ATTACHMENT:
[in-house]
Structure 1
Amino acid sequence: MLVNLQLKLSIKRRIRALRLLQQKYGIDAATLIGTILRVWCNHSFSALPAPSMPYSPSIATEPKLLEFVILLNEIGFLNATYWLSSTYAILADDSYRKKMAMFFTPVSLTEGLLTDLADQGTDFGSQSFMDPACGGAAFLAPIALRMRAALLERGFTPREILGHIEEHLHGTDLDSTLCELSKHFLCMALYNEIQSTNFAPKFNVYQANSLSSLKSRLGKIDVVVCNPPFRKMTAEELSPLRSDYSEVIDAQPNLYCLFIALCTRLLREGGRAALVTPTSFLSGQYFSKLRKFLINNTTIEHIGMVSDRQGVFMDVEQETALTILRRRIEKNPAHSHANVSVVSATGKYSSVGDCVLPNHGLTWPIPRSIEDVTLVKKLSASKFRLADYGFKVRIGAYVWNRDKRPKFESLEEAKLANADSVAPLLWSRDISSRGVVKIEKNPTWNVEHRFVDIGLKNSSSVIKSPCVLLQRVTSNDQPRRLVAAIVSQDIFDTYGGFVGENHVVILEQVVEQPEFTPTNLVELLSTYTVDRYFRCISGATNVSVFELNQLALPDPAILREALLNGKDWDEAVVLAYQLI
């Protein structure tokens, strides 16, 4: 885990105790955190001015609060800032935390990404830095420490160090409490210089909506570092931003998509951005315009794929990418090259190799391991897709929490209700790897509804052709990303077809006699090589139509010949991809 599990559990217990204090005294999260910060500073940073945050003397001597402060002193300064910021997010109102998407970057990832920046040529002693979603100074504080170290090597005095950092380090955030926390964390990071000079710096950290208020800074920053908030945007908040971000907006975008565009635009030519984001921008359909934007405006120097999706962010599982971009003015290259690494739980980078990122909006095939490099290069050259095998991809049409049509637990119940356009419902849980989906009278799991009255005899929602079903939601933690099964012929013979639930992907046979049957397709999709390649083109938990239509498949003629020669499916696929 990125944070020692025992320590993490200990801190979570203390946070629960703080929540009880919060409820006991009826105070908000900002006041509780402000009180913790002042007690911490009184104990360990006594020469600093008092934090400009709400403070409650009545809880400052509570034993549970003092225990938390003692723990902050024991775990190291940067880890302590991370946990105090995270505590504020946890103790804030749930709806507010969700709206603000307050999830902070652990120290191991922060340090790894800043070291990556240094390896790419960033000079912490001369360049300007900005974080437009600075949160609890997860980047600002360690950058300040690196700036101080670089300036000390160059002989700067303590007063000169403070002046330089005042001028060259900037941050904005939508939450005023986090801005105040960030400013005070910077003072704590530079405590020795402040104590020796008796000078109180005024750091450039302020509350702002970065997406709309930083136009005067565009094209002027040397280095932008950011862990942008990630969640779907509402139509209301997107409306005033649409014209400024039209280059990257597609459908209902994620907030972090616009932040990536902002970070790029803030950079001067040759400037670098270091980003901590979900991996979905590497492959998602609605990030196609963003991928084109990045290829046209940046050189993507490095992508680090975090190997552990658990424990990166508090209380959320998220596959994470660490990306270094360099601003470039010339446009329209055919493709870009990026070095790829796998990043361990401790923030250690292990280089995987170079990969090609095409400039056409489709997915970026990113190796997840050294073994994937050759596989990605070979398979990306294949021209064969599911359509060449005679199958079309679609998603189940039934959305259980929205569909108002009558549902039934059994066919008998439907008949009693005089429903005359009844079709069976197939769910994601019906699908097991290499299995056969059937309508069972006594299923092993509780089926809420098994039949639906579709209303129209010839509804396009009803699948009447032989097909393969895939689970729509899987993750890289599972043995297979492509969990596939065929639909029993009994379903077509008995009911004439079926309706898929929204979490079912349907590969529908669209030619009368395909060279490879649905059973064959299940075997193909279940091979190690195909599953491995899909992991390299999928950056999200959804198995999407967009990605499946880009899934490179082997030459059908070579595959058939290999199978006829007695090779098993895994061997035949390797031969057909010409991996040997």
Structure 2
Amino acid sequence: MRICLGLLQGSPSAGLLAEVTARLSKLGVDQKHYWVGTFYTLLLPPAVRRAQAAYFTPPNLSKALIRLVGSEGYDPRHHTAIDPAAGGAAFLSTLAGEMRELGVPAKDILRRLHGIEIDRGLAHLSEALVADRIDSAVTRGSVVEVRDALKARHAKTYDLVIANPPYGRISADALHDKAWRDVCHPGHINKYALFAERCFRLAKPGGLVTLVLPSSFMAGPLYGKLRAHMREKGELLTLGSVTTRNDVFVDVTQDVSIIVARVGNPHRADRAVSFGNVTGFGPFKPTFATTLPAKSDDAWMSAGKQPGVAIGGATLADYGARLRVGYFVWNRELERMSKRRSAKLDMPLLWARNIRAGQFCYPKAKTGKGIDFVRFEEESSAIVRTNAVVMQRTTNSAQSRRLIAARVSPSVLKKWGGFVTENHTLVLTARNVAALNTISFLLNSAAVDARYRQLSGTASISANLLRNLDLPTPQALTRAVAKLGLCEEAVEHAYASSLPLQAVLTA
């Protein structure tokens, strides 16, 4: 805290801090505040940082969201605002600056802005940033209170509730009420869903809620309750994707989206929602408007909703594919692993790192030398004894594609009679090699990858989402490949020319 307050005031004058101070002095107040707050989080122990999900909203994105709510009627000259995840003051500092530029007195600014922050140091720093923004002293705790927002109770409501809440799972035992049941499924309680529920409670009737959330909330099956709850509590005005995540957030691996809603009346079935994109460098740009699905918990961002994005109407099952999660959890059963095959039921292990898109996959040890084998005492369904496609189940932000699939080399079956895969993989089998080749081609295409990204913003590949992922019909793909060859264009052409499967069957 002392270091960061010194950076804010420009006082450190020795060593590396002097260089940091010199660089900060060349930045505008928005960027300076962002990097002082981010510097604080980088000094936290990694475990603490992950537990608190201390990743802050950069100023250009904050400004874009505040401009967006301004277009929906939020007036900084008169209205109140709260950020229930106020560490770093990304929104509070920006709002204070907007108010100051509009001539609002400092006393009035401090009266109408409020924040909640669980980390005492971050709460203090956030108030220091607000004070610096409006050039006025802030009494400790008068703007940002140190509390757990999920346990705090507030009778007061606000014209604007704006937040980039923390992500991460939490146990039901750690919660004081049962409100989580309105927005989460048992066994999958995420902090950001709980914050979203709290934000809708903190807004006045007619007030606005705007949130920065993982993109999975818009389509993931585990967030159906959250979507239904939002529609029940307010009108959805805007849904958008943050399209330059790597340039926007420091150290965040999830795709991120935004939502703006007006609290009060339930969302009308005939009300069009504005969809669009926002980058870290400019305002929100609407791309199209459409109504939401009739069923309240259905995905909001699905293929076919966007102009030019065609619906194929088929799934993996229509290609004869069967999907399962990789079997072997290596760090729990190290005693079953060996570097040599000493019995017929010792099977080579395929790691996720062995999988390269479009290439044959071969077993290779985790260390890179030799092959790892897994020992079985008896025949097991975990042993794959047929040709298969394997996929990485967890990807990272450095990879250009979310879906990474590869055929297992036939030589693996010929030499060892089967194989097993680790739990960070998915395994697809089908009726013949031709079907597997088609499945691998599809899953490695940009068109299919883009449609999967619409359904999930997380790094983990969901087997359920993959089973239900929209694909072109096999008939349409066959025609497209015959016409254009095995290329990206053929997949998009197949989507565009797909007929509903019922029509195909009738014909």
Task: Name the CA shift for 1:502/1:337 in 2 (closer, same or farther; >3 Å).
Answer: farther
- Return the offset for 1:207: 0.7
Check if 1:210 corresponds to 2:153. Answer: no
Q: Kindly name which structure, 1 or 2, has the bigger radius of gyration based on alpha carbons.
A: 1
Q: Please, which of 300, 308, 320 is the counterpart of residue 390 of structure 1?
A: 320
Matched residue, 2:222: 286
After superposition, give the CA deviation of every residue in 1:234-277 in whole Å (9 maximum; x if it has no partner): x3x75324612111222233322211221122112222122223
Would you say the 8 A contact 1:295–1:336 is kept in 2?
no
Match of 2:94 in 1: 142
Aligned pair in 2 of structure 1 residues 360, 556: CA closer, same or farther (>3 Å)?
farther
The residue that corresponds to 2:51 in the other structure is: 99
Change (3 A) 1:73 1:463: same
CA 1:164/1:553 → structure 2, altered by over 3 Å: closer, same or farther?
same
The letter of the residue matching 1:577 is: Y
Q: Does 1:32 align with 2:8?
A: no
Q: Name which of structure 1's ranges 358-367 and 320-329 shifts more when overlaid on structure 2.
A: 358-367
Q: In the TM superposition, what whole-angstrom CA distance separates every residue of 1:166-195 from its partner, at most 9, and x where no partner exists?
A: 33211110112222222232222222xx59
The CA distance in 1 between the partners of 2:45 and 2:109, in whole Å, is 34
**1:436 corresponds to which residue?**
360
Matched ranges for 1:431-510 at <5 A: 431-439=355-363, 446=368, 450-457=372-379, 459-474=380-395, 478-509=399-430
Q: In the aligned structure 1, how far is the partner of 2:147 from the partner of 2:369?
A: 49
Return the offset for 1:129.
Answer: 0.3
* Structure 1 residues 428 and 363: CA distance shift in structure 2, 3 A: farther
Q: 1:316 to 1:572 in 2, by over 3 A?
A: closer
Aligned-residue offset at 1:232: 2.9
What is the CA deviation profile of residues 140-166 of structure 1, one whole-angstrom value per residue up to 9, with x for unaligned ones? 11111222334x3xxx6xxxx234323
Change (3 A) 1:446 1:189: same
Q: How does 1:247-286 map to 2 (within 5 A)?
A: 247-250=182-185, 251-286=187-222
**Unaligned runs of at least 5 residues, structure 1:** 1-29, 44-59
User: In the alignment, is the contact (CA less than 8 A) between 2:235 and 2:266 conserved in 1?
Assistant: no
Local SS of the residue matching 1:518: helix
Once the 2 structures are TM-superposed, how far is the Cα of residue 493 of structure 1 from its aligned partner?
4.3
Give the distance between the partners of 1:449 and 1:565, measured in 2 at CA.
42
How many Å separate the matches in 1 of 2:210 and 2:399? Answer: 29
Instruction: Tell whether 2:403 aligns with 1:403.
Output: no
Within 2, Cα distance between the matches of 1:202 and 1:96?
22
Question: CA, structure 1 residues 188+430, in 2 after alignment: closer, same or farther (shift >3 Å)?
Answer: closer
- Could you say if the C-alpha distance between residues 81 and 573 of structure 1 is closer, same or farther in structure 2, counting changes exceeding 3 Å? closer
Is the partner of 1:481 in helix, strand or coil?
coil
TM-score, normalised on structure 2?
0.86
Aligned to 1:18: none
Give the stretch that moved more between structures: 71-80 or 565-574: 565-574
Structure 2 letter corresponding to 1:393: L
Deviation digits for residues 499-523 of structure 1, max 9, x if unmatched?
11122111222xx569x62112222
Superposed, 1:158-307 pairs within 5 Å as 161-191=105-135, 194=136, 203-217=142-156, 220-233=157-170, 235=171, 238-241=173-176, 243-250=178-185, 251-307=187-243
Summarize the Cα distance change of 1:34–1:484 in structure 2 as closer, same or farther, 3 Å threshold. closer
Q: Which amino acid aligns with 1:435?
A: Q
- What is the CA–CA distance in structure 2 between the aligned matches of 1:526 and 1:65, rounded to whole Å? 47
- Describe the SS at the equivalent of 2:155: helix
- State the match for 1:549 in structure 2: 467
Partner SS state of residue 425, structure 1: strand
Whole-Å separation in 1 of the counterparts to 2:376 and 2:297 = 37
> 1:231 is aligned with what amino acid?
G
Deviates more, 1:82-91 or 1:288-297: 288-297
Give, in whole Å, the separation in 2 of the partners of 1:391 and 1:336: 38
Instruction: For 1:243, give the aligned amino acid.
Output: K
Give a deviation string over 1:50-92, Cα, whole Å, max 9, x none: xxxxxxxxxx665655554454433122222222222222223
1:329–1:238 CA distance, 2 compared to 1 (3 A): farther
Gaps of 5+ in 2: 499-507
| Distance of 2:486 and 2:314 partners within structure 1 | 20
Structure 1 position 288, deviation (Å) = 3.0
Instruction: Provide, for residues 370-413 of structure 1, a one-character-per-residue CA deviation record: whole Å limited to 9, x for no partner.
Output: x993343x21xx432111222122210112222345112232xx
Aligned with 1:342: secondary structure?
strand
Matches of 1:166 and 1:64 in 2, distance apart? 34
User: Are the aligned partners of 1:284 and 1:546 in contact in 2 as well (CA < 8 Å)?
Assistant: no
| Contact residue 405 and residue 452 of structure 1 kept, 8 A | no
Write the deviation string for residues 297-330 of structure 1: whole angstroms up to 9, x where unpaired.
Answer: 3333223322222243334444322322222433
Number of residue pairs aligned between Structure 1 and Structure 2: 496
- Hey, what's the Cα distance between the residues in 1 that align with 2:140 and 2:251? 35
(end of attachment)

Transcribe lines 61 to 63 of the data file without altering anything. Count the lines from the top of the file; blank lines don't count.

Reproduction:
Within 2, Cα distance between the matches of 1:202 and 1:96?
22
Question: CA, structure 1 residues 188+430, in 2 after alignment: closer, same or farther (shift >3 Å)?